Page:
Becoming a parent doesn’t come with an instruction manual. Parenting isn’t easy, and the first year can be the toughest as you struggle to find your footing in your new role as mom or dad.
Don’t worry, all parents stumble their way through at first, learning as they go and racking up an impressive number of mistakes along the way. Here are nine common mistakes that new parents make their first year and how you can avoid them.
1. Doing everything by the book
Books that tell you what to expect in the first year are good guides, but they aren’t the bible of parenting. New parents tend to read up on how to properly take care of their newborn and then drive themselves crazy trying to do everything “right.” The truth is, there is no one way to parent a child. Every child is different and what works for one might not be right for another. Instead of focusing on raising yours the way some book has told you to, try to focus on providing a loving, nurturing and safe environment for your baby. Do that and everything else will fall into place.
2. Not sleeping when baby sleeps
Most new moms have heard the advice that they should sleep whenever their baby sleeps, but all too often it seems to fall on deaf ears. For first-time parents, sleep can be scarce—especially in the first few months—but instead of napping when their baby naps, they end up folding laundry instead. This is a big mistake! Sleep when you can. Everyone will be happier and more productive with a couple of hours of extra sleep. The laundry can wait.
3. Being overly overprotective
New parents tend to sense danger at every turn and worry about every little thing. They mean well, but all that overprotectiveness actually does more harm than good. Children learn by watching their parents, so if yours observes an overly worried mom or dad, they may grow up being too afraid to ever take risks. Making mistakes and taking a few tumbles is how children learn to handle all the challenges life is going to throw at them, so keeping them in a safety bubble can hold them back from learning some major life lessons. Keep an eye out for real dangers, of course, but don’t stop them from playing with other kids for fear of a skinned knee.
4. Not leaving the house
First-time parents have a habit of keeping the baby and themselves locked inside the house for the first several months of life for fear that the baby will catch something. While it’s true that a newborn’s immune system is weak and more susceptible to germs, that only means that it is best to avoid crowds—not the outdoors in general. Fresh air and a little sunshine is good for the entire family and the baby is unlikely to catch the flu from a leisurely stroll through the neighborhood. Instead of holing yourselves inside for weeks on end, try to spend some time outside on a regular basis.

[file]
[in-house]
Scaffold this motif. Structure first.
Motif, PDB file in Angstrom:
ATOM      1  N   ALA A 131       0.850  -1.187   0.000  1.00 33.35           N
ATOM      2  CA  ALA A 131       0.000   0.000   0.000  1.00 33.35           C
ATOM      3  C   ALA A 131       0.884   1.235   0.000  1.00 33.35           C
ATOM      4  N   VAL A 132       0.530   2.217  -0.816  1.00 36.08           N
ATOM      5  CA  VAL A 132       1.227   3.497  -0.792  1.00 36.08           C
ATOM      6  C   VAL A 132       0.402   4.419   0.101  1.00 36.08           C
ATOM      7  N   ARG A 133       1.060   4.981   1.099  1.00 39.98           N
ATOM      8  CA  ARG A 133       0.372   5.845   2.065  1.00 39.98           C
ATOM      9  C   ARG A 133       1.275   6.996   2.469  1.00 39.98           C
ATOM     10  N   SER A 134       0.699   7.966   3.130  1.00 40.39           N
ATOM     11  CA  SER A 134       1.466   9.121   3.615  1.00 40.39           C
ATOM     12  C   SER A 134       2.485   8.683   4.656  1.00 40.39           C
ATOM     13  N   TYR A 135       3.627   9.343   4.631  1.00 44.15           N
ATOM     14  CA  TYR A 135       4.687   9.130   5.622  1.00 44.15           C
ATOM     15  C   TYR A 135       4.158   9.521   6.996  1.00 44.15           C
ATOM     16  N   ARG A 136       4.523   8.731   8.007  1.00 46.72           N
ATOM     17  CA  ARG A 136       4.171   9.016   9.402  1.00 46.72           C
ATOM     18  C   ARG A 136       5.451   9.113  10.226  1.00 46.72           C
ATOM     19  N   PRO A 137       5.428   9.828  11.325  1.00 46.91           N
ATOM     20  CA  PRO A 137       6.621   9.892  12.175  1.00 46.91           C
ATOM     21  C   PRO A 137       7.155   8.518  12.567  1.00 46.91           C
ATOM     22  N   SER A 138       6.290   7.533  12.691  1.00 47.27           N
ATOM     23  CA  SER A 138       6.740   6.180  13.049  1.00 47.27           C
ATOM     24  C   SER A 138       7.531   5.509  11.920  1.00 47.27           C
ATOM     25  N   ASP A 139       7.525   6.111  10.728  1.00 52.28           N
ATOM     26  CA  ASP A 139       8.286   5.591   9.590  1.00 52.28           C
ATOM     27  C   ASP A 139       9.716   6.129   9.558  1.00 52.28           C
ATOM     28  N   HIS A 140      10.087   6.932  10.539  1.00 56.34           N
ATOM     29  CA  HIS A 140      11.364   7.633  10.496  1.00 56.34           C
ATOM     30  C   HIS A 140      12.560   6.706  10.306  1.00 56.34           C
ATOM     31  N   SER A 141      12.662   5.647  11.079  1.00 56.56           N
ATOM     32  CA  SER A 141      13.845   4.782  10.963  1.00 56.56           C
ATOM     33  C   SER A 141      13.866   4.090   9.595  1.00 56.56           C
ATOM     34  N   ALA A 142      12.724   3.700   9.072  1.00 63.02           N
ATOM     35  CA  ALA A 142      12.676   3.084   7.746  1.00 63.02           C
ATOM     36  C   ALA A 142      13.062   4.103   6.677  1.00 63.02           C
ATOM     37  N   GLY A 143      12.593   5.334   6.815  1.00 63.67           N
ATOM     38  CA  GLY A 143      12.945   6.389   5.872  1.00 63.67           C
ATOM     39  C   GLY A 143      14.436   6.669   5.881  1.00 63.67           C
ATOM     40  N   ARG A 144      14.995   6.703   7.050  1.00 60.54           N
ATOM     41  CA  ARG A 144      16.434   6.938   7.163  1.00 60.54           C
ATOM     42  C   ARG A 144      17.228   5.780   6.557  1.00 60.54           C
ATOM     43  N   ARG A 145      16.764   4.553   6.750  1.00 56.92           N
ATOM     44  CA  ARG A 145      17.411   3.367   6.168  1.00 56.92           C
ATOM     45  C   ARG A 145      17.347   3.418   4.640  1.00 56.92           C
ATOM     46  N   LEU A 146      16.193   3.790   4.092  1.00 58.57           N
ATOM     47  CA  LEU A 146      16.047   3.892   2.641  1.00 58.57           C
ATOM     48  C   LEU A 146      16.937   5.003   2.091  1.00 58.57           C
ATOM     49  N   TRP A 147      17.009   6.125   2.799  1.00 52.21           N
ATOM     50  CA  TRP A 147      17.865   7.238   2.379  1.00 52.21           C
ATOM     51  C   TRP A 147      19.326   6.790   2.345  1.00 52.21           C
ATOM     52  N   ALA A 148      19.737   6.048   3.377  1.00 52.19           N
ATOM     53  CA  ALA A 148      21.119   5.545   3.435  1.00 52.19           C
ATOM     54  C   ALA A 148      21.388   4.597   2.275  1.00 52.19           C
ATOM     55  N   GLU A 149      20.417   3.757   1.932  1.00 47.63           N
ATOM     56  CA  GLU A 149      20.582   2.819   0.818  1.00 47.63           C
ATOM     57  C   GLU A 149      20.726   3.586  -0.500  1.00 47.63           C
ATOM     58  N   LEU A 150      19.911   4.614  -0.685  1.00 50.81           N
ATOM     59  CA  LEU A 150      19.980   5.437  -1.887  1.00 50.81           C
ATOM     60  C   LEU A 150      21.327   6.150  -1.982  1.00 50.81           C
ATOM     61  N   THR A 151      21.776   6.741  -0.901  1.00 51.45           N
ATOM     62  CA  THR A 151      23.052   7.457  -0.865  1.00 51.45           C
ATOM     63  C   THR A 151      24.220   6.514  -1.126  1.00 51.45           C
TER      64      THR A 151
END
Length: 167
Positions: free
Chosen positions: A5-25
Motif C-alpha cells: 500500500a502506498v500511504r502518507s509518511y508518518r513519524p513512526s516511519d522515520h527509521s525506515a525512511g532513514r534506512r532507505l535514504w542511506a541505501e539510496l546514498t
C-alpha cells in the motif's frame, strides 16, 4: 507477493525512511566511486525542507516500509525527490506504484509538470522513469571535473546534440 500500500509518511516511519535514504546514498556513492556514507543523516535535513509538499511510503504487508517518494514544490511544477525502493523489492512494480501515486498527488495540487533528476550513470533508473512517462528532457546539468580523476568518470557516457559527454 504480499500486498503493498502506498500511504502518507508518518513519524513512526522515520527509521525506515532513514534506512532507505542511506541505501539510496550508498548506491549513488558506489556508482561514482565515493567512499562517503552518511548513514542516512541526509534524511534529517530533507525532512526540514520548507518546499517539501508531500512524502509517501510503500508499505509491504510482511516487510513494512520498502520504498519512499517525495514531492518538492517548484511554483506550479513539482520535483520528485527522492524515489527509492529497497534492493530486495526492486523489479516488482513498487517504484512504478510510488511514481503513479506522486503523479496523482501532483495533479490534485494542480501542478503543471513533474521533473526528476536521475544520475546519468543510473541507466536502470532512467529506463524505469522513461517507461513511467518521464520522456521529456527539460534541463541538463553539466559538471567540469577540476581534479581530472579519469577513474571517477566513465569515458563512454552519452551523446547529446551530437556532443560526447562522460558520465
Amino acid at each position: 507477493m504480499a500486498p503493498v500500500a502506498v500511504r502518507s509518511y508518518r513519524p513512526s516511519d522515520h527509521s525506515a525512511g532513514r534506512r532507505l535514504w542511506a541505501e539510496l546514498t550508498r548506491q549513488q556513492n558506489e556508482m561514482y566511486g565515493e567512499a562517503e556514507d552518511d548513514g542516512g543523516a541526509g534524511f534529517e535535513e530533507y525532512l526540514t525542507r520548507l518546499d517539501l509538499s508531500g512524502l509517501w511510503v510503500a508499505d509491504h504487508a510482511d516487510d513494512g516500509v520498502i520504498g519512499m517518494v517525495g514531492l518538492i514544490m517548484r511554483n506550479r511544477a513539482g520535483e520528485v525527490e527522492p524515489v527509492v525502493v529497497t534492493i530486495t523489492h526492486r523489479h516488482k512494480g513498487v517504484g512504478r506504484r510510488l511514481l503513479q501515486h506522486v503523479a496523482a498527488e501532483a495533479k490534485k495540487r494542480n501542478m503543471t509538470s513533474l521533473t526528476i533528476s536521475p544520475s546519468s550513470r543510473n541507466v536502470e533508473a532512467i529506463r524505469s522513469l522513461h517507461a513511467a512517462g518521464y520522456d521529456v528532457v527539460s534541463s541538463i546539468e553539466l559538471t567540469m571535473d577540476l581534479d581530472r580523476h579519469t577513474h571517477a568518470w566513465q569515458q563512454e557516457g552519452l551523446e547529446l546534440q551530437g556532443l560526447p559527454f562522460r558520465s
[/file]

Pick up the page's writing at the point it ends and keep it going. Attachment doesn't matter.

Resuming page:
5. Not getting on a schedule
Following a regular schedule makes things easier for the entire family. A baby’s internal clock isn’t regulated yet, and it can be easy for them to get their days and nights mixed up. Following a routine can help prevent this. It also helps maintain calm in the household and makes it easier to plan outings around feeding and nap times. Getting your baby into a routine is as easy as feeding him and laying him down for naps and bedtime at the same time every day. Do this regularly and he will soon fall into a pattern.
6. Spending too much money on baby clothes
First-time parents tend to go overboard with their baby’s first wardrobe. After all, they want their little one to be the best dressed baby in the neighborhood. Unfortunately, most of those designer clothes remain hanging in the closet with the tags still on long after the baby has outgrown them. The truth is, for the first few months, babies mostly wear onesies and pajamas around the house. Getting dressed up is a rare occasion. And since babies tend to jump up a size every three months or so, they don’t have time to get through an entire wardrobe before they outgrow it.
7. Not accepting help when it is offered
New parents often don’t trust anyone to take care of their baby, so offers of help are waved away. This is a mistake. Being a parent—especially a new parent—can be exhausting and overwhelming. Every mom and dad needs a break every now and then. Don’t deny yourself some downtime, or you’ll risk becoming burnt out. You don’t have to be a superhero. Let loved ones help out and take some time to take care of yourself. You will be a better parent because of it.
8. Comparing your baby to other babies
Many parents stress themselves out by comparing their baby’s development to the development of other babies. Try to avoid this, at it will only cause undue worry, and is unfair to your little one. Every child is different and develops at a different pace. While one baby may begin walking at nine months old, another may not start until their one-year birthday. Don’t worry about how fast or slow your baby is developing. As long as your doctor has no concerns about health or growth, things are likely just fine.
9. Neglecting your marriage
For first-time parents, a new baby is their sun, moon and stars. Yes, the new addition needs your focus and energy—but not all of it! A marriage requires nurturing too. So put in the effort, even if it’s reserving some time for a quiet candlelit dinner once the baby has gone to sleep. Growing up in a warm and loving environment is important to your baby’s well-being, so make sure your other half is a priority too.